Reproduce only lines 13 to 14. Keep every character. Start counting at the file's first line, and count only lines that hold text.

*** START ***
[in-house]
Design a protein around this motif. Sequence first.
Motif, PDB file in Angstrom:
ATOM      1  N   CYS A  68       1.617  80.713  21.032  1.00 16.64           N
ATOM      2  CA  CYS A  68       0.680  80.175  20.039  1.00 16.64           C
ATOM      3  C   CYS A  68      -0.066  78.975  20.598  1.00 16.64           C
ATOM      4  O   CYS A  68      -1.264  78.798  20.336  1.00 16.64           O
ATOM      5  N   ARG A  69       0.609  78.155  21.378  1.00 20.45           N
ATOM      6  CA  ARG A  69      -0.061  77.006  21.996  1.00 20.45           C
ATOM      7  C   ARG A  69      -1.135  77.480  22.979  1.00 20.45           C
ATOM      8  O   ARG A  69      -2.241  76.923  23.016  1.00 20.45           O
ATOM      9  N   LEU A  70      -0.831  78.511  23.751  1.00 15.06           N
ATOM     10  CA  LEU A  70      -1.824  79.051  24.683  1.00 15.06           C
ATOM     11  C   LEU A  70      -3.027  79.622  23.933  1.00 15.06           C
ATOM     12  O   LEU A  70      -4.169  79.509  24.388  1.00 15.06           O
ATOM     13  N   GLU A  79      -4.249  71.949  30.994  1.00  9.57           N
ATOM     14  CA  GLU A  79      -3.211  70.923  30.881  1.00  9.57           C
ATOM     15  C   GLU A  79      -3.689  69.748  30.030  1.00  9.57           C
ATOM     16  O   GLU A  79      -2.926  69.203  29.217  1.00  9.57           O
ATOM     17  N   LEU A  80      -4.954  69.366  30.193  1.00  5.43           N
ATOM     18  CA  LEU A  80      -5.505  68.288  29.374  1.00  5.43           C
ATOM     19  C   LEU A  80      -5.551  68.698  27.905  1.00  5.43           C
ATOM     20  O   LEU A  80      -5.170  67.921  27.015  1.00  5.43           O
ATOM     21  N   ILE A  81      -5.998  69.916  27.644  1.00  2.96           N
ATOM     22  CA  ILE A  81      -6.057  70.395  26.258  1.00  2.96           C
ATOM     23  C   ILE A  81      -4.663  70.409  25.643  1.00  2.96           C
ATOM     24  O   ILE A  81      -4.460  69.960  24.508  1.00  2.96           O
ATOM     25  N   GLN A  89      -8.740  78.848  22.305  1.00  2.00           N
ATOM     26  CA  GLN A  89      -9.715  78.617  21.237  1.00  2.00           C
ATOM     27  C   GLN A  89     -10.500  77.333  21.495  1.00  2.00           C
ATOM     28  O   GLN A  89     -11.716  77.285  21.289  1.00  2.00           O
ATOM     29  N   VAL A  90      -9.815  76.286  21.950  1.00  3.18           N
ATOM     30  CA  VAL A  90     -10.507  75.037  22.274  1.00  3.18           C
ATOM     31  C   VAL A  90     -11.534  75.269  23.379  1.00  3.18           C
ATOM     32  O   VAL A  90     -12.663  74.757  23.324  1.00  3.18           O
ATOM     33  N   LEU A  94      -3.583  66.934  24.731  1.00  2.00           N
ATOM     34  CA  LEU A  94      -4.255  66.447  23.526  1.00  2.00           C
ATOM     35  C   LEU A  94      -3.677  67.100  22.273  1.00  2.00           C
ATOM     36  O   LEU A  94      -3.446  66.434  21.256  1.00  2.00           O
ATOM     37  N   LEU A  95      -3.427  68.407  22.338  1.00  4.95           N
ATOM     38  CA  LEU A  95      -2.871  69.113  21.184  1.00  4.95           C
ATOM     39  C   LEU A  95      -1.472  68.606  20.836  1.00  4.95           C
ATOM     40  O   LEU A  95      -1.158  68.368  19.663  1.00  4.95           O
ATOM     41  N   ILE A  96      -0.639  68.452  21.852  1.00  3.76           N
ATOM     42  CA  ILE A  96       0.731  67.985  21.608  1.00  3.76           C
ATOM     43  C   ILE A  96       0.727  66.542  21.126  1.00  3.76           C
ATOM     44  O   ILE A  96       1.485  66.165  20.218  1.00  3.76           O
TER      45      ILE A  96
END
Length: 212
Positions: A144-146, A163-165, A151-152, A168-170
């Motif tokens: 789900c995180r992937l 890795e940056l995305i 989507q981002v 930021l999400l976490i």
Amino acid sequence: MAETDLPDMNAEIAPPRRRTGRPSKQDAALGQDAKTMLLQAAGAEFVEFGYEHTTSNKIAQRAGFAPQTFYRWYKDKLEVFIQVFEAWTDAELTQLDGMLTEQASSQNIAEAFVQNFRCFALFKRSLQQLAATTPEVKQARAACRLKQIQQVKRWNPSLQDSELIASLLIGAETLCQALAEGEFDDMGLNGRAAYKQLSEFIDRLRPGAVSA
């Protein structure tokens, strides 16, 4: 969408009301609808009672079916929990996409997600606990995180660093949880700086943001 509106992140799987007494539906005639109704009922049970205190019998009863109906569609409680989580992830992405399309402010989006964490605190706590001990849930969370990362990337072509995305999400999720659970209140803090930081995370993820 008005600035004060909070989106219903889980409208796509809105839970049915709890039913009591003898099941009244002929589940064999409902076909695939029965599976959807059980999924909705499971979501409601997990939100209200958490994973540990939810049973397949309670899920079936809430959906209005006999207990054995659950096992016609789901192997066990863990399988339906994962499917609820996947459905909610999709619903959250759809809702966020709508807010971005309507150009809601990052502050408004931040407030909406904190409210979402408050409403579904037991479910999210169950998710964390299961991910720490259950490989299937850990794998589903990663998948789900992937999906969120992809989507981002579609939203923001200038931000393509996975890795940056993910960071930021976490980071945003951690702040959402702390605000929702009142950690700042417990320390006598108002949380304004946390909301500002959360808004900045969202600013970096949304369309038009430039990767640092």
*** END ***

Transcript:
ATOM     10  CA  LEU A  70      -1.824  79.051  24.683  1.00 15.06           C
ATOM     11  C   LEU A  70      -3.027  79.622  23.933  1.00 15.06           C